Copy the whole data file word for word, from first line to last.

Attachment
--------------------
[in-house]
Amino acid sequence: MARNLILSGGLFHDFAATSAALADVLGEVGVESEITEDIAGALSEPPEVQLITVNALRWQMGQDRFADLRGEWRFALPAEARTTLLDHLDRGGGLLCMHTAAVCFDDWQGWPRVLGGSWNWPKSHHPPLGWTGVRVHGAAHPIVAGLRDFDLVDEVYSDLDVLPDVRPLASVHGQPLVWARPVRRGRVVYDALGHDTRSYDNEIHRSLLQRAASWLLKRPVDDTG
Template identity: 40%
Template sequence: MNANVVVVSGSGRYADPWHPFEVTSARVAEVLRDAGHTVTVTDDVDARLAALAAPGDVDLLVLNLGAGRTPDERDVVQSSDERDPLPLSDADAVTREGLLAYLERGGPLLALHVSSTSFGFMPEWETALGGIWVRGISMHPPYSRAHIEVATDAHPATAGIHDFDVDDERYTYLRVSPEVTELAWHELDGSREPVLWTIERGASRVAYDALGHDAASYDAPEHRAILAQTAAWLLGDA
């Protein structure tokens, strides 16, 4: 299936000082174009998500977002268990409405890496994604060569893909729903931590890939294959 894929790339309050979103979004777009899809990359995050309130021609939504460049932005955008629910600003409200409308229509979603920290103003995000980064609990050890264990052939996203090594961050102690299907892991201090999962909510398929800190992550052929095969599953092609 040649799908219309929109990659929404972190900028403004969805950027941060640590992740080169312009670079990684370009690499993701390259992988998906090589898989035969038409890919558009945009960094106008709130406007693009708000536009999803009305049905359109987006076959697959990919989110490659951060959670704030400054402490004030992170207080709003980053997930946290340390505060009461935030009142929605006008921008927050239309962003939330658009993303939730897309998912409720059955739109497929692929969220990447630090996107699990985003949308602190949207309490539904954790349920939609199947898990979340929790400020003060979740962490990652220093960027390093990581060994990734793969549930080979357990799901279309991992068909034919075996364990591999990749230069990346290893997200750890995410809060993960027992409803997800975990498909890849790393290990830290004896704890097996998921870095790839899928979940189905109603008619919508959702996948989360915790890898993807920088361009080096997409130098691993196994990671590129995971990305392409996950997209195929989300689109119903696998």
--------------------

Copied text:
[in-house]
Amino acid sequence: MARNLILSGGLFHDFAATSAALADVLGEVGVESEITEDIAGALSEPPEVQLITVNALRWQMGQDRFADLRGEWRFALPAEARTTLLDHLDRGGGLLCMHTAAVCFDDWQGWPRVLGGSWNWPKSHHPPLGWTGVRVHGAAHPIVAGLRDFDLVDEVYSDLDVLPDVRPLASVHGQPLVWARPVRRGRVVYDALGHDTRSYDNEIHRSLLQRAASWLLKRPVDDTG
Template identity: 40%
Template sequence: MNANVVVVSGSGRYADPWHPFEVTSARVAEVLRDAGHTVTVTDDVDARLAALAAPGDVDLLVLNLGAGRTPDERDVVQSSDERDPLPLSDADAVTREGLLAYLERGGPLLALHVSSTSFGFMPEWETALGGIWVRGISMHPPYSRAHIEVATDAHPATAGIHDFDVDDERYTYLRVSPEVTELAWHELDGSREPVLWTIERGASRVAYDALGHDAASYDAPEHRAILAQTAAWLLGDA
């Protein structure tokens, strides 16, 4: 299936000082174009998500977002268990409405890496994604060569893909729903931590890939294959 894929790339309050979103979004777009899809990359995050309130021609939504460049932005955008629910600003409200409308229509979603920290103003995000980064609990050890264990052939996203090594961050102690299907892991201090999962909510398929800190992550052929095969599953092609 040649799908219309929109990659929404972190900028403004969805950027941060640590992740080169312009670079990684370009690499993701390259992988998906090589898989035969038409890919558009945009960094106008709130406007693009708000536009999803009305049905359109987006076959697959990919989110490659951060959670704030400054402490004030992170207080709003980053997930946290340390505060009461935030009142929605006008921008927050239309962003939330658009993303939730897309998912409720059955739109497929692929969220990447630090996107699990985003949308602190949207309490539904954790349920939609199947898990979340929790400020003060979740962490990652220093960027390093990581060994990734793969549930080979357990799901279309991992068909034919075996364990591999990749230069990346290893997200750890995410809060993960027992409803997800975990498909890849790393290990830290004896704890097996998921870095790839899928979940189905109603008619919508959702996948989360915790890898993807920088361009080096997409130098691993196994990671590129995971990305392409996950997209195929989300689109119903696998």